28 January 2005

new friend

a few weeks ago, i flew back to eugene from ann arbor, landing around midnight. while waiting for the shuttle into town, i befriended b., who had just arrived from haiti and spoke the most minimal english. he was on a fulbright, had no place to stay and no idea where he was supposed to go. i called and woke my friend heather, who speaks much better french than i do and in no time at all, we had b. safely checked in to a room at the Quality Inn. b., as we learned, had come to the university to learn english and take the TOEFL and GRE before pursuing his studies in economics at an american university. our friend, 31 years old, had never left haiti, except to travel to the dominican republic. haiti is the poorest country in the western hemisphere, plagued by corruption, poverty, disease and all other nasty things, which, come to think of it, plague our country, too, but in a more covert way. i don't know too much about b.'s experience there, but i think it's safe to guess that coming here is pretty intense.

all this is the background to our Welcome to Eugene dinner last night with b. at Iraila, a mediterranean restaurant in town. it occurred to me, on our way to to dinner that b. was probably unfamiliar with mediterranean foodstuffs, thus rendering our description ("oh, you know, sun tried tomatoes, feta cheese, couscous, that kind of thing.") somewhat useless. we were seated at the restaurant after b. puzzled over his options for a bit, he asked us to chose for him...he doesn't know "menu" english yet. we ordered, for the table, an olive plate, halumi salad, beet salad, vegetarian cassoulet (a contradiction in terms, perhaps) and persian rice. he also asked for assitance in chosing a beer...we got him a Stella Artois. unfortunately, b. didn't eat too much -- mostly just salad and his beer, which he was very happy about. huh. maybe it was too much and too overwhelming. it reminds me of arriving in southern india and sitting down to a table of mysterious food (at the time, most of what we got in the u.s. was northern indian) -- it's more comfortable to go with what you know, especially when you've just arrived and you're completely overwhelmed by everything else...who wants to worry about food, too?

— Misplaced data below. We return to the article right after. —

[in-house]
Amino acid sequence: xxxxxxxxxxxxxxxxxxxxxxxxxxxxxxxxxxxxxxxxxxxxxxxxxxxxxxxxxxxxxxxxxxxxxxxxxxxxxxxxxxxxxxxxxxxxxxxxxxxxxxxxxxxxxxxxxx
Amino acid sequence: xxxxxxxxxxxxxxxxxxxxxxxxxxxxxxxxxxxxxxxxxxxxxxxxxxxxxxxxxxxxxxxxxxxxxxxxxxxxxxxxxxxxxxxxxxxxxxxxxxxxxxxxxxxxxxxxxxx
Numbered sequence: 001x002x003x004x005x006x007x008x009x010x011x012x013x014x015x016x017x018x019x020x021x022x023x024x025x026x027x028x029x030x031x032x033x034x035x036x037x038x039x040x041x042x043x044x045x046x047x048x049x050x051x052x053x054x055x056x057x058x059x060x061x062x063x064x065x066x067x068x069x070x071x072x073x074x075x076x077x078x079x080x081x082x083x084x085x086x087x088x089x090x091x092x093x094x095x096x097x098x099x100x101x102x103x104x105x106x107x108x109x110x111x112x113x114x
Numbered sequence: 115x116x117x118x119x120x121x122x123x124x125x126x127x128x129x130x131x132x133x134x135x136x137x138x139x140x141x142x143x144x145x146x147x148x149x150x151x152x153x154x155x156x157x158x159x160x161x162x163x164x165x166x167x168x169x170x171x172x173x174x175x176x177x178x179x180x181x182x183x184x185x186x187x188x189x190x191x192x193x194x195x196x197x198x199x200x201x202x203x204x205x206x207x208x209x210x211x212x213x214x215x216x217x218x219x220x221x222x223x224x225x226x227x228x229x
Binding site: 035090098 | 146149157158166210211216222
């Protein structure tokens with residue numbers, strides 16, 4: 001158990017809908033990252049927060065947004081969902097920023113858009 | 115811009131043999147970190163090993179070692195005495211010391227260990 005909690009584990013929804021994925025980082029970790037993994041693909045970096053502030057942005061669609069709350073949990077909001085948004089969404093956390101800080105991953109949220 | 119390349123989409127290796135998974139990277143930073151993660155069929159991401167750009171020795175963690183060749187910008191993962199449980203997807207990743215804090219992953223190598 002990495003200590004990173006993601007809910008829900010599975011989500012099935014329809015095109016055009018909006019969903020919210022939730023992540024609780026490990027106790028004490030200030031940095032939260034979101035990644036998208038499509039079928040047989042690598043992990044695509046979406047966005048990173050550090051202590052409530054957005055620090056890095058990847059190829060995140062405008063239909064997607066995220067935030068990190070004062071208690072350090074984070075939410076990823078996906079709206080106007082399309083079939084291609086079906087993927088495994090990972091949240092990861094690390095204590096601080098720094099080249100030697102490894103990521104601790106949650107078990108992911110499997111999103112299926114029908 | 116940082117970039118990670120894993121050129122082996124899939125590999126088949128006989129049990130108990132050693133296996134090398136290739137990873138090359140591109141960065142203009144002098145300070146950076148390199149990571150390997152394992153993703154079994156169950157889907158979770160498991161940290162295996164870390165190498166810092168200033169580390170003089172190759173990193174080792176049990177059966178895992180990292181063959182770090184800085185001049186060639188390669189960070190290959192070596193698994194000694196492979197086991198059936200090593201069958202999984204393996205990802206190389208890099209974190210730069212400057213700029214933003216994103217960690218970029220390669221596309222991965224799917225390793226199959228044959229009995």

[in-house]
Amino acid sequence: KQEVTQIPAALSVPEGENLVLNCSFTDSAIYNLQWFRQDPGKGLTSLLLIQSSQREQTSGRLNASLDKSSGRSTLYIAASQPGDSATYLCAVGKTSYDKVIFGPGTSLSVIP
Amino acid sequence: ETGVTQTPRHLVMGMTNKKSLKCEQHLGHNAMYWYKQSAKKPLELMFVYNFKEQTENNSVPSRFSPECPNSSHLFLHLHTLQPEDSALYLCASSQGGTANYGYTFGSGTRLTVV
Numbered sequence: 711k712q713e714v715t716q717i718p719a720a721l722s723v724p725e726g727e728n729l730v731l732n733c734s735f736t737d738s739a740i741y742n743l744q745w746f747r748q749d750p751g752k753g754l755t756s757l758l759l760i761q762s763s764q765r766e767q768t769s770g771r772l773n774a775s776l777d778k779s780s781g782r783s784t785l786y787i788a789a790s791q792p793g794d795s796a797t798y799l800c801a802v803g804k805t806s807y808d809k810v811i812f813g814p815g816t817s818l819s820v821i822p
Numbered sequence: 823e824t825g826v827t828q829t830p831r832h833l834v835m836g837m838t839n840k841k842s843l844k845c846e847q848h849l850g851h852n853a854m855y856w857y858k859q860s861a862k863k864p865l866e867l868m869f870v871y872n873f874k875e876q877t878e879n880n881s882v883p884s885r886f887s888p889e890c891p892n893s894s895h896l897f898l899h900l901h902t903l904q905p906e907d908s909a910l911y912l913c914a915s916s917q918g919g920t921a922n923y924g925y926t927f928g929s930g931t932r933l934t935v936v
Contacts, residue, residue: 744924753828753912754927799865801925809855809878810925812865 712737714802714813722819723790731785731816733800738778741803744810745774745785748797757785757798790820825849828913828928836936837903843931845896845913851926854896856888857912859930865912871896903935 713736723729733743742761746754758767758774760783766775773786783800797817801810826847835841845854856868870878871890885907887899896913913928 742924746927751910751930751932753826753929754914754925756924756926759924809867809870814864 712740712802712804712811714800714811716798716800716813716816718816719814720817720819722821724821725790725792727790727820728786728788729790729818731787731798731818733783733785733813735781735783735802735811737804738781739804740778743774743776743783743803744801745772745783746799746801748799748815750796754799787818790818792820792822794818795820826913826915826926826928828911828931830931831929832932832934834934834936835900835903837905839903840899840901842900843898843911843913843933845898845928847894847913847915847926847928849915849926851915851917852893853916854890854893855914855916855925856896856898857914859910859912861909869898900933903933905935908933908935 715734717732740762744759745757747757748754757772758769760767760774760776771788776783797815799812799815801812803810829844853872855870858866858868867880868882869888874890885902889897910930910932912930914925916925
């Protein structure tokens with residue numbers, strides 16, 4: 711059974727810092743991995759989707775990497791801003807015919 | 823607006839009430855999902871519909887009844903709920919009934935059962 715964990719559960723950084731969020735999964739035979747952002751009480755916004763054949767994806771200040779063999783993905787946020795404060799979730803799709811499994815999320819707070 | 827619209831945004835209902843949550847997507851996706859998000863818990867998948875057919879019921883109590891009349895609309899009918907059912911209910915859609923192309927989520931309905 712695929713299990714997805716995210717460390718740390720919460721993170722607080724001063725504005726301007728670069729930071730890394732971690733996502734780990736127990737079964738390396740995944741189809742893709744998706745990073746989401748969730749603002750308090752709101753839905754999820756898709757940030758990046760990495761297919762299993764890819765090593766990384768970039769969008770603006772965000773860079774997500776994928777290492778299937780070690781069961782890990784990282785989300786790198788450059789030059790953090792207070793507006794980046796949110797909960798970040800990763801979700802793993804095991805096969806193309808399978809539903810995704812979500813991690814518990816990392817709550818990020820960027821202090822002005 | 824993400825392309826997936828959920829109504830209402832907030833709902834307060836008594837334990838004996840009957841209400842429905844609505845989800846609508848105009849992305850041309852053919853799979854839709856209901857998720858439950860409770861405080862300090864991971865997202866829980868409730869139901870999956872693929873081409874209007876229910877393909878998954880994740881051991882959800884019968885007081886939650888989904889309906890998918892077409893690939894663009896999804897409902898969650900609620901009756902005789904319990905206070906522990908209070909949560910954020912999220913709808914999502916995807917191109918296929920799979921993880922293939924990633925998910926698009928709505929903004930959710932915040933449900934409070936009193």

anyways, that's all.


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